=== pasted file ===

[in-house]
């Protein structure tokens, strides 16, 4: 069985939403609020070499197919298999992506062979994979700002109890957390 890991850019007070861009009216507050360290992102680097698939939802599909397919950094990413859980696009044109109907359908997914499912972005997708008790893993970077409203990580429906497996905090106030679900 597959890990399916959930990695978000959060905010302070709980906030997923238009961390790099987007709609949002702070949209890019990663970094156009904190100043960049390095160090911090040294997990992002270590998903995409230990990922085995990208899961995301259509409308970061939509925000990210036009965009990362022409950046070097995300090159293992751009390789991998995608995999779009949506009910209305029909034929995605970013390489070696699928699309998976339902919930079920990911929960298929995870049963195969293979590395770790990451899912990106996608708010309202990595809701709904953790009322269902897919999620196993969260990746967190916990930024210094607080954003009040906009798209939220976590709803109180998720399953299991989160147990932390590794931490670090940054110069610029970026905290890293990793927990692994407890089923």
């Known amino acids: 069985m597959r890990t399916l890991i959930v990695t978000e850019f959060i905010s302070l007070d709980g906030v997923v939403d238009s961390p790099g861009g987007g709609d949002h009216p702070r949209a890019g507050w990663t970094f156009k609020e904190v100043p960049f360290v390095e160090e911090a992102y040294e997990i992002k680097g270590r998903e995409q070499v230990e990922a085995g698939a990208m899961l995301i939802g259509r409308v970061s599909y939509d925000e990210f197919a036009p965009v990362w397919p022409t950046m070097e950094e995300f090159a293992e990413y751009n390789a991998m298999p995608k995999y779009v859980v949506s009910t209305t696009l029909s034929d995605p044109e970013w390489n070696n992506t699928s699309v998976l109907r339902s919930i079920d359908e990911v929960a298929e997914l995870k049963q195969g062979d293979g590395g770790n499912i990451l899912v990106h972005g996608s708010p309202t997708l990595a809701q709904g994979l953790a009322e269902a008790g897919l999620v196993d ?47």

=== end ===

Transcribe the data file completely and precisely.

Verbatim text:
[in-house]
């Protein structure tokens, strides 16, 4: 069985939403609020070499197919298999992506062979994979700002109890957390 890991850019007070861009009216507050360290992102680097698939939802599909397919950094990413859980696009044109109907359908997914499912972005997708008790893993970077409203990580429906497996905090106030679900 597959890990399916959930990695978000959060905010302070709980906030997923238009961390790099987007709609949002702070949209890019990663970094156009904190100043960049390095160090911090040294997990992002270590998903995409230990990922085995990208899961995301259509409308970061939509925000990210036009965009990362022409950046070097995300090159293992751009390789991998995608995999779009949506009910209305029909034929995605970013390489070696699928699309998976339902919930079920990911929960298929995870049963195969293979590395770790990451899912990106996608708010309202990595809701709904953790009322269902897919999620196993969260990746967190916990930024210094607080954003009040906009798209939220976590709803109180998720399953299991989160147990932390590794931490670090940054110069610029970026905290890293990793927990692994407890089923």
């Known amino acids: 069985m597959r890990t399916l890991i959930v990695t978000e850019f959060i905010s302070l007070d709980g906030v997923v939403d238009s961390p790099g861009g987007g709609d949002h009216p702070r949209a890019g507050w990663t970094f156009k609020e904190v100043p960049f360290v390095e160090e911090a992102y040294e997990i992002k680097g270590r998903e995409q070499v230990e990922a085995g698939a990208m899961l995301i939802g259509r409308v970061s599909y939509d925000e990210f197919a036009p965009v990362w397919p022409t950046m070097e950094e995300f090159a293992e990413y751009n390789a991998m298999p995608k995999y779009v859980v949506s009910t209305t696009l029909s034929d995605p044109e970013w390489n070696n992506t699928s699309v998976l109907r339902s919930i079920d359908e990911v929960a298929e997914l995870k049963q195969g062979d293979g590395g770790n499912i990451l899912v990106h972005g996608s708010p309202t997708l990595a809701q709904g994979l953790a009322e269902a008790g897919l999620v196993d ?47």